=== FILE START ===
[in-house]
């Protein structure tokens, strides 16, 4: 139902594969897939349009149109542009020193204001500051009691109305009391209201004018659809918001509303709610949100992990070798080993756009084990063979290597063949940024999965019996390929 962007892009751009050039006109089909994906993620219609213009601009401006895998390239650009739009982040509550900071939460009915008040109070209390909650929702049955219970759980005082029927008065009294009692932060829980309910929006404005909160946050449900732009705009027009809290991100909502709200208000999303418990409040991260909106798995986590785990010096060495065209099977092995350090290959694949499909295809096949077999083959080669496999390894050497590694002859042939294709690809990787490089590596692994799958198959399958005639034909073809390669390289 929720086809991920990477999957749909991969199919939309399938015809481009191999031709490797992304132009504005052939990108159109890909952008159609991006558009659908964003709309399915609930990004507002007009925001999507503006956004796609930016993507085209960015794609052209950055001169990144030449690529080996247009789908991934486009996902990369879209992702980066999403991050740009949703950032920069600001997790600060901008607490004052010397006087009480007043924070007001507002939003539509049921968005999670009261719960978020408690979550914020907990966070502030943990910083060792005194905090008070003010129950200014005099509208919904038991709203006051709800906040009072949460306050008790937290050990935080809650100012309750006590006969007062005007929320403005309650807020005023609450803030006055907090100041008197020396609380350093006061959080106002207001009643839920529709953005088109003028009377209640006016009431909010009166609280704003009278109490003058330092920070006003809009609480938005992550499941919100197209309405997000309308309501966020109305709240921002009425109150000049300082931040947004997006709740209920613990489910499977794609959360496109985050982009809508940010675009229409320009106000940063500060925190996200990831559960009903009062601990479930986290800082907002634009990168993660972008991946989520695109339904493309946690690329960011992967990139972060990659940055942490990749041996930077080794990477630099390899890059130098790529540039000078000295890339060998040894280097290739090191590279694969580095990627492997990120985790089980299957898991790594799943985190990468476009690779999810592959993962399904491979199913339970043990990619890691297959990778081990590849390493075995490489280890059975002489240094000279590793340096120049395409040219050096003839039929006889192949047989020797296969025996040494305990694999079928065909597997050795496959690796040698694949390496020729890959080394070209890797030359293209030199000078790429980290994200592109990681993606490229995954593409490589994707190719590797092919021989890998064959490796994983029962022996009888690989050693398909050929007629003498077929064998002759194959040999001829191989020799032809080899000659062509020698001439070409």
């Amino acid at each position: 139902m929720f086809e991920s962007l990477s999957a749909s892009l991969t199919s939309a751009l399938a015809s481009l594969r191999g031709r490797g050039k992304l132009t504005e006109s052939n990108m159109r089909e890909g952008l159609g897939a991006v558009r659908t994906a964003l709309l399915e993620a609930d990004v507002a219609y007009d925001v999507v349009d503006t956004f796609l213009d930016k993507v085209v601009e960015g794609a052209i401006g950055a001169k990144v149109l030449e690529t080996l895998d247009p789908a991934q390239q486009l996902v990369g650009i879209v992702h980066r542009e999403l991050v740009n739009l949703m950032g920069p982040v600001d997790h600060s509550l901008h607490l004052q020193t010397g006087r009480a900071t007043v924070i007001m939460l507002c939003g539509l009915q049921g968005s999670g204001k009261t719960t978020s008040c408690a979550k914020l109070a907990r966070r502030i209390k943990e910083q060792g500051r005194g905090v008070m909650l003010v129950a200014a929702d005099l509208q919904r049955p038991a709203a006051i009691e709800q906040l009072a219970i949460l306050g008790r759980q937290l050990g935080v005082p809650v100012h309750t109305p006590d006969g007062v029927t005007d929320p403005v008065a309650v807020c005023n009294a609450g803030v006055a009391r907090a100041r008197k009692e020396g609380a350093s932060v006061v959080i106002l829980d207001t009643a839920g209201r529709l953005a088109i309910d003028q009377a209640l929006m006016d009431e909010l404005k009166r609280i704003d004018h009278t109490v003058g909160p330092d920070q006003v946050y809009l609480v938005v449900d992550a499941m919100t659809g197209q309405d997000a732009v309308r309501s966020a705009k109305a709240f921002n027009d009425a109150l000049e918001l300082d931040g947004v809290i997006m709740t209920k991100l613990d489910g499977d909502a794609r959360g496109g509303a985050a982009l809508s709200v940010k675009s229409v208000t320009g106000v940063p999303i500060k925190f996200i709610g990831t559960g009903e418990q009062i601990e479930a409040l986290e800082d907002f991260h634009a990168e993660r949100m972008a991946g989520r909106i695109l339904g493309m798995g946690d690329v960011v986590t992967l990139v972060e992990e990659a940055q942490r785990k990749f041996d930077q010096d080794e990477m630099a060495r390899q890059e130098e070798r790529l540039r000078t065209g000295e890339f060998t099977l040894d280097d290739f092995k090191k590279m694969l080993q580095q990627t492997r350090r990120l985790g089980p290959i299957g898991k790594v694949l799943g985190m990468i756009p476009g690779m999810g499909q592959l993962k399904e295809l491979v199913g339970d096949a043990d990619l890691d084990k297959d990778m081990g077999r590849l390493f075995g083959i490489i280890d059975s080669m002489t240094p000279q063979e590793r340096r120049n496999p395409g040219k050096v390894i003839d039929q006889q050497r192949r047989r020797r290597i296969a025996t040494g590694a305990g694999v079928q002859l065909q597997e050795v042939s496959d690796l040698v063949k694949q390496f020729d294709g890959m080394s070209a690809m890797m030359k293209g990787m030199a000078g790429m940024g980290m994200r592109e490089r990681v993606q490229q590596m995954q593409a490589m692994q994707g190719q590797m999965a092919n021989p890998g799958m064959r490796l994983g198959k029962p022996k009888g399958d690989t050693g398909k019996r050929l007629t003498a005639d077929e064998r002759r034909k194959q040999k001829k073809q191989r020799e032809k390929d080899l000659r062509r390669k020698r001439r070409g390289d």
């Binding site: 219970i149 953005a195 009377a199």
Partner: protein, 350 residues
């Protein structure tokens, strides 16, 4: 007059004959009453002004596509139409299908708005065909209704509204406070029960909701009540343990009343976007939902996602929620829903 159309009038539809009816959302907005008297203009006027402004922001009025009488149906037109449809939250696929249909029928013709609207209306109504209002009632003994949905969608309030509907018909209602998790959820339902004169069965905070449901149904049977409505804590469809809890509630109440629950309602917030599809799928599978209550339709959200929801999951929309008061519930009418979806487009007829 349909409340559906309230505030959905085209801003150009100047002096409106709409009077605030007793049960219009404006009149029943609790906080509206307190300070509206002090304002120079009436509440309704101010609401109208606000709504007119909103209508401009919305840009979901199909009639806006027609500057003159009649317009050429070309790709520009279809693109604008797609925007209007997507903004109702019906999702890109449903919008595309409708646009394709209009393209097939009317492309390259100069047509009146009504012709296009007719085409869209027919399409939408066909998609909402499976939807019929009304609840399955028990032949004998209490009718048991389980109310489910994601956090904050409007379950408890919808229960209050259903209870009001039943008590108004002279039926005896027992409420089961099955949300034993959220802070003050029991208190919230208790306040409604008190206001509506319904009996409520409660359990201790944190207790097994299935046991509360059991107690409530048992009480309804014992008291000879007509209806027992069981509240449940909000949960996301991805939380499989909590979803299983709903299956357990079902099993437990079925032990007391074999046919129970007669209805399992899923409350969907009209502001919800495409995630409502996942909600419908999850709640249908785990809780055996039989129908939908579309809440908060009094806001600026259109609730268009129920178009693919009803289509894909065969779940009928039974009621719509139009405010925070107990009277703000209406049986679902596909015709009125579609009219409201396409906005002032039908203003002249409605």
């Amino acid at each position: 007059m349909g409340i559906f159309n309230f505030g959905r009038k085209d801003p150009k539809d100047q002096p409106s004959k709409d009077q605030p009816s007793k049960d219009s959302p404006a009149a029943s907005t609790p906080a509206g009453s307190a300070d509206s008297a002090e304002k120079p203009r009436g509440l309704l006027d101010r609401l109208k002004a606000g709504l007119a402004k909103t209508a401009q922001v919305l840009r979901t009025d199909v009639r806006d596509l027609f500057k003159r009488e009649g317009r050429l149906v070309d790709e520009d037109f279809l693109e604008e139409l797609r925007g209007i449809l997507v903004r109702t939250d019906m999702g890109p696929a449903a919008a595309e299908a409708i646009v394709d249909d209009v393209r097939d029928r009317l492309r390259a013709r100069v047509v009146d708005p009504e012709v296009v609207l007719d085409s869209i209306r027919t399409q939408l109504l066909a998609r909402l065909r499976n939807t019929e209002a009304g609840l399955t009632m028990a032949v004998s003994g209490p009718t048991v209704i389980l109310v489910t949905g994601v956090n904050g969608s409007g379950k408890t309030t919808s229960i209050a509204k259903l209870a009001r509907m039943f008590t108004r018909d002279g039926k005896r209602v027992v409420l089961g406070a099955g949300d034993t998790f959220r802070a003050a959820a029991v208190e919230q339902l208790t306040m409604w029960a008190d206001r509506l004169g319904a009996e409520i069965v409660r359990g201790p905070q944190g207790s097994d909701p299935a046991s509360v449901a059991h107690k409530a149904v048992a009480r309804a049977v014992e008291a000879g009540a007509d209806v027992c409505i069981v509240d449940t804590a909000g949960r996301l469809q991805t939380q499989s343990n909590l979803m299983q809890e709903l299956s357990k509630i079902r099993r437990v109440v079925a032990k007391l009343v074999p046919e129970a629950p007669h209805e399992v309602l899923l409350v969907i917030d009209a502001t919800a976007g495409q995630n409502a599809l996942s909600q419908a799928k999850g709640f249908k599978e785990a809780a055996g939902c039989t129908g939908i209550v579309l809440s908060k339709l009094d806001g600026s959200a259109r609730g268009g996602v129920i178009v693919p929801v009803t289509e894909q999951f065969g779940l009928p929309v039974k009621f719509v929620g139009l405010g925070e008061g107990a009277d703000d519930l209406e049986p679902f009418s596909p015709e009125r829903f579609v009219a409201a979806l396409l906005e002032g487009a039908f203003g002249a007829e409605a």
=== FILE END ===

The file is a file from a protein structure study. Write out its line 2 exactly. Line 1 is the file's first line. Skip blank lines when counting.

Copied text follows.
């Protein structure tokens, strides 16, 4: 139902594969897939349009149109542009020193204001500051009691109305009391209201004018659809918001509303709610949100992990070798080993756009084990063979290597063949940024999965019996390929 962007892009751009050039006109089909994906993620219609213009601009401006895998390239650009739009982040509550900071939460009915008040109070209390909650929702049955219970759980005082029927008065009294009692932060829980309910929006404005909160946050449900732009705009027009809290991100909502709200208000999303418990409040991260909106798995986590785990010096060495065209099977092995350090290959694949499909295809096949077999083959080669496999390894050497590694002859042939294709690809990787490089590596692994799958198959399958005639034909073809390669390289 929720086809991920990477999957749909991969199919939309399938015809481009191999031709490797992304132009504005052939990108159109890909952008159609991006558009659908964003709309399915609930990004507002007009925001999507503006956004796609930016993507085209960015794609052209950055001169990144030449690529080996247009789908991934486009996902990369879209992702980066999403991050740009949703950032920069600001997790600060901008607490004052010397006087009480007043924070007001507002939003539509049921968005999670009261719960978020408690979550914020907990966070502030943990910083060792005194905090008070003010129950200014005099509208919904038991709203006051709800906040009072949460306050008790937290050990935080809650100012309750006590006969007062005007929320403005309650807020005023609450803030006055907090100041008197020396609380350093006061959080106002207001009643839920529709953005088109003028009377209640006016009431909010009166609280704003009278109490003058330092920070006003809009609480938005992550499941919100197209309405997000309308309501966020109305709240921002009425109150000049300082931040947004997006709740209920613990489910499977794609959360496109985050982009809508940010675009229409320009106000940063500060925190996200990831559960009903009062601990479930986290800082907002634009990168993660972008991946989520695109339904493309946690690329960011992967990139972060990659940055942490990749041996930077080794990477630099390899890059130098790529540039000078000295890339060998040894280097290739090191590279694969580095990627492997990120985790089980299957898991790594799943985190990468476009690779999810592959993962399904491979199913339970043990990619890691297959990778081990590849390493075995490489280890059975002489240094000279590793340096120049395409040219050096003839039929006889192949047989020797296969025996040494305990694999079928065909597997050795496959690796040698694949390496020729890959080394070209890797030359293209030199000078790429980290994200592109990681993606490229995954593409490589994707190719590797092919021989890998064959490796994983029962022996009888690989050693398909050929007629003498077929064998002759194959040999001829191989020799032809080899000659062509020698001439070409």